Field work groups and job frequencies
Having defined a list of jobs, the next step is to work out the actual work schedule for each job, i.e. when it is to be carried out in which cableway or block. The first thing to specify for each job is the frequency, i.e. how many times a year the job is to be carried out. We anticipate that it may be necessary to have different job frequencies in different parts of the plantation. For example, it might be necessary to carry out drainage repairs more frequently in a swampy part of the plantation whereas a more hilly part of the plantation may need less drainage work but more work on activities like terracing. To handle this, it will be possible to define multiple “field work groups” in BMP and to assign cableways to different field work groups as required. Each such field work group should correspond to a family of cableways which are similar in their characteristics and have the same field upkeep requirements. The field group assignment screen, shown in figure 3, includes a helpful summary of the number of cableways and the total area that has been assigned to each group. Of course, it will be possible to copy the field work group assignment from previous budget years and to import this assignment from Excel spreadsheets.
Generating realistic work schedules
Having completed the definition of jobs and the field work group assignment, the next step is to specify the actual budget settings for each field group. The BMP field work budget generator wizard, pictured in figure 4, combines a continuous form where users can specify settings for each job with a visual calendar representation of the work schedule. This visual representation is extremely useful to get an idea of whether the schedule will lead to a relatively even distribution of work throughout the year. While figure 3 shows the budget defined in terms of weeks, it will also be possible to switch to fortnight- or month-based budgeting.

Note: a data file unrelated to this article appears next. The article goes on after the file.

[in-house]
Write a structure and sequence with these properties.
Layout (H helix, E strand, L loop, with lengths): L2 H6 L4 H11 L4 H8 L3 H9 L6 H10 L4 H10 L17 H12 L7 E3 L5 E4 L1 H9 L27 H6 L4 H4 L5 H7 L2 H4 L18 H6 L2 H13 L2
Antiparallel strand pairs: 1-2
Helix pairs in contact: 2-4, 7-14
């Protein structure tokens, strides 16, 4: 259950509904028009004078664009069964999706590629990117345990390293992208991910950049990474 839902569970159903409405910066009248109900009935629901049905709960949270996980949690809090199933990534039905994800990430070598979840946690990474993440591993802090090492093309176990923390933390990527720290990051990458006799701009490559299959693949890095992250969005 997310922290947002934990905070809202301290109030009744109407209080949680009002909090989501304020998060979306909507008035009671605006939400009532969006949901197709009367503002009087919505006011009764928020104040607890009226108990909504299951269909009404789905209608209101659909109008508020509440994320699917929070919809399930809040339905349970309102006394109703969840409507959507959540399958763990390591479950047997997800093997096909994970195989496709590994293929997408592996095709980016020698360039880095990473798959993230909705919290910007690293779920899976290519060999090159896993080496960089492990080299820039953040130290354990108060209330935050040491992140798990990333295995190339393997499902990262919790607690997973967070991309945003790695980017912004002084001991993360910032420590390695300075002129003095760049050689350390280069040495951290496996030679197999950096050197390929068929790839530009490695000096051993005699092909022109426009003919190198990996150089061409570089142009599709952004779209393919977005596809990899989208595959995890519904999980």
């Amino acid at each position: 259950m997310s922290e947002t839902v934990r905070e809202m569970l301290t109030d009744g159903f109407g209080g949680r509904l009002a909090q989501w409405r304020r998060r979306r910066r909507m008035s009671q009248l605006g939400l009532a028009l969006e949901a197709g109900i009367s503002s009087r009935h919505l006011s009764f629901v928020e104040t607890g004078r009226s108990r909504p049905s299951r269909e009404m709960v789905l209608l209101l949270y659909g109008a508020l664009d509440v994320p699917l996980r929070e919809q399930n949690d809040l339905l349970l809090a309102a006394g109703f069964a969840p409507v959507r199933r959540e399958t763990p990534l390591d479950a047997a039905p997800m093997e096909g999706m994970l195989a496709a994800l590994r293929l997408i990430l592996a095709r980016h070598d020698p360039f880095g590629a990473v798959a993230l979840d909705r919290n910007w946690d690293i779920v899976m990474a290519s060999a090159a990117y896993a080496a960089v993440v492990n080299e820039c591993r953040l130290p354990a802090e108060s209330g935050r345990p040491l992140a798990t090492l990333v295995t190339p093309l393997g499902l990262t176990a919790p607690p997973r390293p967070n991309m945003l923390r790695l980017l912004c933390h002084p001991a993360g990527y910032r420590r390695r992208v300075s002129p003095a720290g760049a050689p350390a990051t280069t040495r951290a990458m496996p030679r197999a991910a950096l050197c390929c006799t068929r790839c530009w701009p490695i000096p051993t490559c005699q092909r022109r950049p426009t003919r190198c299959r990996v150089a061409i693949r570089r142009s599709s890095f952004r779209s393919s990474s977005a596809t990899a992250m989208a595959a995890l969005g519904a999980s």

Figure 4 shows various other settings for each job in addition to the aforementioned job frequency. The round length simply specifies the number of weeks (or months/fortnights) in which the field work round should be finished, i.e. in which all cableways in the field work group should be tackled. This setting will be used by the wizard to work out the area which needs to be covered in each week. For example, in a job in which the round length is 6 weeks it will be necessary to cover approximately one sixth of the total area of the field work group in each week. Knowing how many hectares to cover each week is of course naturally leads to the question: in which order should the cableways be tackled? To allow users to specify an order which makes sense in terms of the geographical location of the cableways in the field, it is possible to assign a field work index to each cableway. This index is defined on the field work group definition screen shown in figure 3 and specifies the order in which cableways are to be tackled. Furthermore on the budget generator wizard it is possible to specify custom start cableways for each job, which is important to ensure that different jobs can easily be scheduled to fall into different weeks for a given cableway. For example, assume we have the jobs “pruning”, “drainage repairs” and “weeding” which are all to be carried out with the same frequency and the same round length. Clearly it would be undesirable to schedule all three jobs to be carried out in the same week in each cableway. By choosing suitable different starting cableways in each job it is easy to “stagger” the schedules in such a way that the 3 jobs are scheduled in successive weeks in any given cableway.